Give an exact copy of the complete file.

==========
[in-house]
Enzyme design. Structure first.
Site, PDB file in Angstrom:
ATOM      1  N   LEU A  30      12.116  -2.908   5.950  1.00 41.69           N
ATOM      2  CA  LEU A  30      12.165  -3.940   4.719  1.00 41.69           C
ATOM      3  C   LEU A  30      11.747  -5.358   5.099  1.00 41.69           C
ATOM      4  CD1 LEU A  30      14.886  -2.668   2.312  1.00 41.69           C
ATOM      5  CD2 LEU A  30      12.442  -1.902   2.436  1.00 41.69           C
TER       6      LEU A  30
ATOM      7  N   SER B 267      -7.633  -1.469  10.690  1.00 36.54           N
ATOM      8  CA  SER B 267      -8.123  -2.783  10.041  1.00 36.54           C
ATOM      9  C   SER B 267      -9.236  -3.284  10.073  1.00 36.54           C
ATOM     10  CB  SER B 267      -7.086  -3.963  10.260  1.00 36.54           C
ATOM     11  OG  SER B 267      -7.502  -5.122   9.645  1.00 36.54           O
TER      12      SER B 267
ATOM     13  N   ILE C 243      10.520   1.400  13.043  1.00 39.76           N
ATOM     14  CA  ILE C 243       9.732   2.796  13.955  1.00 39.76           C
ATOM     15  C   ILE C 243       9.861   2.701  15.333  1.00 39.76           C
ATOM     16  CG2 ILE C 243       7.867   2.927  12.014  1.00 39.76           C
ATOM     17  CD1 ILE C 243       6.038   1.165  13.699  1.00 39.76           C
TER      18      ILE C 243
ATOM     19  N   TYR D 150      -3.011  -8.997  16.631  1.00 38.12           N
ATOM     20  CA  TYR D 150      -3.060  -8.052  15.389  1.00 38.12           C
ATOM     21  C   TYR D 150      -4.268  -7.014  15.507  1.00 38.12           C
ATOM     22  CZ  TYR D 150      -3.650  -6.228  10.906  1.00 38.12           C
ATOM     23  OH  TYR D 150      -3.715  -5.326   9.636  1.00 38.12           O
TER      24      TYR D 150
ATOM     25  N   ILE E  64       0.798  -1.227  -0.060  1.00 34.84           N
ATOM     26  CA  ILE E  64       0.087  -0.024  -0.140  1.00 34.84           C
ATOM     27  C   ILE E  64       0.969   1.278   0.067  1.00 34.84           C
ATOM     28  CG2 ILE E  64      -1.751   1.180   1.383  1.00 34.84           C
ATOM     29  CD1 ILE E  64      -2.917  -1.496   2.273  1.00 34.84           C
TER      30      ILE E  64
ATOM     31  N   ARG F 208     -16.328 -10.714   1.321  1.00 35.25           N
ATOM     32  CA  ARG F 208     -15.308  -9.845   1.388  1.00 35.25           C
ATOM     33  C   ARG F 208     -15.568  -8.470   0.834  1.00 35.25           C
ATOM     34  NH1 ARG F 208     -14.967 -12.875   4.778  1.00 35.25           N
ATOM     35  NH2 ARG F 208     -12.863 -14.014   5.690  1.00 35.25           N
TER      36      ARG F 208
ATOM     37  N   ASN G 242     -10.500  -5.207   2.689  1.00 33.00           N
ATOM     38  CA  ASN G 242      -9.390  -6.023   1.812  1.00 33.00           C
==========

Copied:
[in-house]
Enzyme design. Structure first.
Site, PDB file in Angstrom:
ATOM      1  N   LEU A  30      12.116  -2.908   5.950  1.00 41.69           N
ATOM      2  CA  LEU A  30      12.165  -3.940   4.719  1.00 41.69           C
ATOM      3  C   LEU A  30      11.747  -5.358   5.099  1.00 41.69           C
ATOM      4  CD1 LEU A  30      14.886  -2.668   2.312  1.00 41.69           C
ATOM      5  CD2 LEU A  30      12.442  -1.902   2.436  1.00 41.69           C
TER       6      LEU A  30
ATOM      7  N   SER B 267      -7.633  -1.469  10.690  1.00 36.54           N
ATOM      8  CA  SER B 267      -8.123  -2.783  10.041  1.00 36.54           C
ATOM      9  C   SER B 267      -9.236  -3.284  10.073  1.00 36.54           C
ATOM     10  CB  SER B 267      -7.086  -3.963  10.260  1.00 36.54           C
ATOM     11  OG  SER B 267      -7.502  -5.122   9.645  1.00 36.54           O
TER      12      SER B 267
ATOM     13  N   ILE C 243      10.520   1.400  13.043  1.00 39.76           N
ATOM     14  CA  ILE C 243       9.732   2.796  13.955  1.00 39.76           C
ATOM     15  C   ILE C 243       9.861   2.701  15.333  1.00 39.76           C
ATOM     16  CG2 ILE C 243       7.867   2.927  12.014  1.00 39.76           C
ATOM     17  CD1 ILE C 243       6.038   1.165  13.699  1.00 39.76           C
TER      18      ILE C 243
ATOM     19  N   TYR D 150      -3.011  -8.997  16.631  1.00 38.12           N
ATOM     20  CA  TYR D 150      -3.060  -8.052  15.389  1.00 38.12           C
ATOM     21  C   TYR D 150      -4.268  -7.014  15.507  1.00 38.12           C
ATOM     22  CZ  TYR D 150      -3.650  -6.228  10.906  1.00 38.12           C
ATOM     23  OH  TYR D 150      -3.715  -5.326   9.636  1.00 38.12           O
TER      24      TYR D 150
ATOM     25  N   ILE E  64       0.798  -1.227  -0.060  1.00 34.84           N
ATOM     26  CA  ILE E  64       0.087  -0.024  -0.140  1.00 34.84           C
ATOM     27  C   ILE E  64       0.969   1.278   0.067  1.00 34.84           C
ATOM     28  CG2 ILE E  64      -1.751   1.180   1.383  1.00 34.84           C
ATOM     29  CD1 ILE E  64      -2.917  -1.496   2.273  1.00 34.84           C
TER      30      ILE E  64
ATOM     31  N   ARG F 208     -16.328 -10.714   1.321  1.00 35.25           N
ATOM     32  CA  ARG F 208     -15.308  -9.845   1.388  1.00 35.25           C
ATOM     33  C   ARG F 208     -15.568  -8.470   0.834  1.00 35.25           C
ATOM     34  NH1 ARG F 208     -14.967 -12.875   4.778  1.00 35.25           N
ATOM     35  NH2 ARG F 208     -12.863 -14.014   5.690  1.00 35.25           N
TER      36      ARG F 208
ATOM     37  N   ASN G 242     -10.500  -5.207   2.689  1.00 33.00           N
ATOM     38  CA  ASN G 242      -9.390  -6.023   1.812  1.00 33.00           C